Microsoft has just introduced a $25 phone under the company’s Nokia label. This phone does not have Internet access, but the market that Microsoft is targeting doesn’t necessarily need that kind of access. Microsoft wants to send the Nokia 130 phone to places like Africa and the Middle East.
Populations in those parts of the world want phones, but they aren’t interested in smartphones. It might be possible, too, that some people in North America may be into buying phones that aren’t hooked up to the Internet too.
What $25 Will Get You
The Nokia 130 comes with 1.8-inc LCD, flashlight, dual SIM card, can store up to 32 GB of music and videos, 16 hours of video playback time, 46 hours of music playback time, and a FM radio. As far as looks go, the 130 looks like you would expect a $25 phone to look – simple but streamlined enough to be attractive. The case is slim, it seems to come in various colors, and it’s really just a basic phone.
So why does Microsoft want to bring basic phones to places like Africa, the Middle East, and some European countries? It’s a really good way to bring the brand to other parts of the world, that’s why. As soon as people purchase the new Nokia phone, they will be prompted to sign up for a Microsoft account. Once that’s done, those people will be a part of the larger Microsoft ecosystem. Since Microsoft is pushing away from Android and getting closer to its own technology, introducing a new phone to countries in need of something basic is a great way to bring the brand to those markets.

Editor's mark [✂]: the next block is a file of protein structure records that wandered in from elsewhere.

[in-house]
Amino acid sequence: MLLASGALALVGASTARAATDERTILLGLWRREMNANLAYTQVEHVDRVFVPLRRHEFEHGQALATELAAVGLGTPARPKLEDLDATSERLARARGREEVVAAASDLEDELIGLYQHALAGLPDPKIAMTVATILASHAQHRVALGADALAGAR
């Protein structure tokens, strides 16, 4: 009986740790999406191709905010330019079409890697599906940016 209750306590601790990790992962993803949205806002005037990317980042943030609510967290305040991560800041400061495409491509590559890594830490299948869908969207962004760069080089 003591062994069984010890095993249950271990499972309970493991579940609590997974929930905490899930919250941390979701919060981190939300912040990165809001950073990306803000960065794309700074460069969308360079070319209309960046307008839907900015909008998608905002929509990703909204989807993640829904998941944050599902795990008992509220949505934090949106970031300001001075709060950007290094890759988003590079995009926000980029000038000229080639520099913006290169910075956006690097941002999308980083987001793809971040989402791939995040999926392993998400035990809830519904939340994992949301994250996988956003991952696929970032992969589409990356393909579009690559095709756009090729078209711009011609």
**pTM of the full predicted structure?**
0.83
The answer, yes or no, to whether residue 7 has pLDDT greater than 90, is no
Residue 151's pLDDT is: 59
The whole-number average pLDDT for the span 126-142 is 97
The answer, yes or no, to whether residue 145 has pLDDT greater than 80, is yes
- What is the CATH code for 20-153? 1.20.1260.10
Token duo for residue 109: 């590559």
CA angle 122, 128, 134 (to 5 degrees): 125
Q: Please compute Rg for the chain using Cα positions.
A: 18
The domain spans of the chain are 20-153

The Nokia 130 will be available in the Middle East, Africa, and certain European countries in the coming weeks. Microsoft hasn’t stated yet whether or not the phone will be available in North America as well, but I can see a market there with elderly folks or those that are simply tired of the Internet. Basic phones do sell in North America, though they sell particularly well in parts of the world where the Internet isn’t available or isn’t important.
The other thing that might be appealing about the Nokia 130 is that it’s cheap. While smartphones can be very expensive stretching into the hundreds, a simple phone that comes with basic features for $25 is a much better deal for some. Does this phone have limited features? Yes. Is it a phone that may have a very large market? Yes. Would you buy it? Maybe not, since we are used to smartphones and constant connectivity, but Microsoft is banking on people in other parts of the world, so North American opinion isn’t really relevant here.
If you do live in Africa or the Middle East, you can find the Nokia 130 relatively soon. Again, that price is just $25 (USD), which is comparable to others in its class. You won’t, however, be able to connect to the Internet with this phone.